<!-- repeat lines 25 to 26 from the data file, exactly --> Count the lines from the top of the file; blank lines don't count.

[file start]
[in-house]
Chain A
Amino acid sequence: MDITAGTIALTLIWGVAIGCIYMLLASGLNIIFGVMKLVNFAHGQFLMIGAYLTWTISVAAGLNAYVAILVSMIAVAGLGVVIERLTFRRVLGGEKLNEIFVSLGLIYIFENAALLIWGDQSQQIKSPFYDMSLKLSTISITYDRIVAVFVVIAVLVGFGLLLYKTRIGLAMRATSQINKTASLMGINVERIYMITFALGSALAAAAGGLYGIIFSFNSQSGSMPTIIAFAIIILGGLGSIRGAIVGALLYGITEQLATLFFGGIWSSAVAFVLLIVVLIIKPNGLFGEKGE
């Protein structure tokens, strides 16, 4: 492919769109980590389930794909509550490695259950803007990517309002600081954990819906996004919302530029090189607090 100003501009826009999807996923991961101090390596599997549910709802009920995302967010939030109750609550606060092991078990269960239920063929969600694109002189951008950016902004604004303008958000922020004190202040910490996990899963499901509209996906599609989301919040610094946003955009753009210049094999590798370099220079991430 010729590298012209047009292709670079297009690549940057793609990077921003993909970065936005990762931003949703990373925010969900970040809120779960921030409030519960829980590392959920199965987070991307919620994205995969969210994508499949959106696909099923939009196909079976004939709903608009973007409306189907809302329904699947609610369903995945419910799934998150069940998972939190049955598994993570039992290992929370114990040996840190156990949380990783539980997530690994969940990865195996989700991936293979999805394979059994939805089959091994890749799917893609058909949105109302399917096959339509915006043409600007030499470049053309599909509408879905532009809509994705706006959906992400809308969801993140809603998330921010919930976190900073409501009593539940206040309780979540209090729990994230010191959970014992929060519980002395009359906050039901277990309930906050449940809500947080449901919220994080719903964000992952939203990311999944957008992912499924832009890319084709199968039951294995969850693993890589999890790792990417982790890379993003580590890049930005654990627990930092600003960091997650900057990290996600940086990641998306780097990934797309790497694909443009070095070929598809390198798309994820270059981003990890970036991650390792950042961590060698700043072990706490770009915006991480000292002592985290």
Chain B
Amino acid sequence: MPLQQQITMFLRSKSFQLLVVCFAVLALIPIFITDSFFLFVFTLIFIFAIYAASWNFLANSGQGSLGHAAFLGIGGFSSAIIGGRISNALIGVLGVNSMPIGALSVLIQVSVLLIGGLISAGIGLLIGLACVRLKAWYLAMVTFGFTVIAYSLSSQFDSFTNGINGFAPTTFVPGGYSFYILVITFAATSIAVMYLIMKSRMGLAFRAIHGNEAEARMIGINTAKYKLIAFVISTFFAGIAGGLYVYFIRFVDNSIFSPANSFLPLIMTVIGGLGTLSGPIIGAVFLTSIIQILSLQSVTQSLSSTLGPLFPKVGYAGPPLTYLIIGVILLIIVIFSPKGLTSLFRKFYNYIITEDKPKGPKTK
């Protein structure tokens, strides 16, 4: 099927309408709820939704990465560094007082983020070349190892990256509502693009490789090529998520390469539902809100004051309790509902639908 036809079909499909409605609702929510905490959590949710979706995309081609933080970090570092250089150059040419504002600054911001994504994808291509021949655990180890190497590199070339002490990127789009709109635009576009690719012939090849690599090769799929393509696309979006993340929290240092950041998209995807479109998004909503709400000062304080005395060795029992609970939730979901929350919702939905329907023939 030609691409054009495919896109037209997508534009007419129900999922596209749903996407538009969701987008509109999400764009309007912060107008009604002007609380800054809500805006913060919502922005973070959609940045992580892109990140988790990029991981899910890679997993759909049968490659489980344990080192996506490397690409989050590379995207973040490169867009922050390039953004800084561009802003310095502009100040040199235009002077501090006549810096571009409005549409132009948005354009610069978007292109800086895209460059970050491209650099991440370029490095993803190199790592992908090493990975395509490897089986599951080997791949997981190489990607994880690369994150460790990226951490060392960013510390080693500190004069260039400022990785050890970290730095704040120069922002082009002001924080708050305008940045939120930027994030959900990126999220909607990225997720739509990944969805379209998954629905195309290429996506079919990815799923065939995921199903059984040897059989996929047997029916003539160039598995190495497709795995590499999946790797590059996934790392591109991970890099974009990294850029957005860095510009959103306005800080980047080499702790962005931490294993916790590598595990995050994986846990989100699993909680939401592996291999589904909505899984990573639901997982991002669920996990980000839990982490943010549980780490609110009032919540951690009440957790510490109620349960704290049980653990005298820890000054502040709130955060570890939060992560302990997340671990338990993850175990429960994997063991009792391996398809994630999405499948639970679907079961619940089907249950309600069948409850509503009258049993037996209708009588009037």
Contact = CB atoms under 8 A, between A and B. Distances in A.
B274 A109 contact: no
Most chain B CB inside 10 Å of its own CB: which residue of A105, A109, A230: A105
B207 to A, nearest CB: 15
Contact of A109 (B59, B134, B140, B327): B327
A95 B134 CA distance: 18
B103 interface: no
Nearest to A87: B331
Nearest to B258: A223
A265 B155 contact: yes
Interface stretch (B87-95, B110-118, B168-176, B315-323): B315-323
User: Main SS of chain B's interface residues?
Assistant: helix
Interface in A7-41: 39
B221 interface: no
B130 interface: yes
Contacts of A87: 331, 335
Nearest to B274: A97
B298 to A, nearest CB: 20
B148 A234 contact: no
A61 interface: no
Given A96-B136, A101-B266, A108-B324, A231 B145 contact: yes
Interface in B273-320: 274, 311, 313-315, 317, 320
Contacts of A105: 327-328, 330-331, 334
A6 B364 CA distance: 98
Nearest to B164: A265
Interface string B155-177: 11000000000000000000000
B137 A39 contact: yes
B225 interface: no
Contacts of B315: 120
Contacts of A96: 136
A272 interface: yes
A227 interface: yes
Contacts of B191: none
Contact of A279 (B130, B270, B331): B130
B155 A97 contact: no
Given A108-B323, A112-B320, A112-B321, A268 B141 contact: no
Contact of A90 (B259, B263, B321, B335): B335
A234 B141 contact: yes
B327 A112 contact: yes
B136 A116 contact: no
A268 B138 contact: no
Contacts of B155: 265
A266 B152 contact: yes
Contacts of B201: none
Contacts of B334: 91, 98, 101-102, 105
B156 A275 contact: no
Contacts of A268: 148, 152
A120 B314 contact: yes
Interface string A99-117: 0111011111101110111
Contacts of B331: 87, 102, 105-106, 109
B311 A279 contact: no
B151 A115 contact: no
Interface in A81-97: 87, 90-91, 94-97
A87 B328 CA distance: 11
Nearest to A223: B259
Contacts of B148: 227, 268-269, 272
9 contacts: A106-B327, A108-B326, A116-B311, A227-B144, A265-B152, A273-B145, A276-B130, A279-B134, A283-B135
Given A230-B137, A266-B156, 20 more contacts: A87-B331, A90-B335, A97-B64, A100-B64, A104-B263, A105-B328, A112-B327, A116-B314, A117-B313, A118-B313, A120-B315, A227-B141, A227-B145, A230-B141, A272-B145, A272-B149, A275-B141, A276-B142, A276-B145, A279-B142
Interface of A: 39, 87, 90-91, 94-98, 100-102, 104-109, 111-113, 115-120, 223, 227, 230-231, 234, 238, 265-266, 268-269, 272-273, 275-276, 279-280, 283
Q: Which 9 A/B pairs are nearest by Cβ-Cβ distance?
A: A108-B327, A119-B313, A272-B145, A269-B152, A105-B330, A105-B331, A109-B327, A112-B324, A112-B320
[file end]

Nearest to B274: A97
B298 to A, nearest CB: 20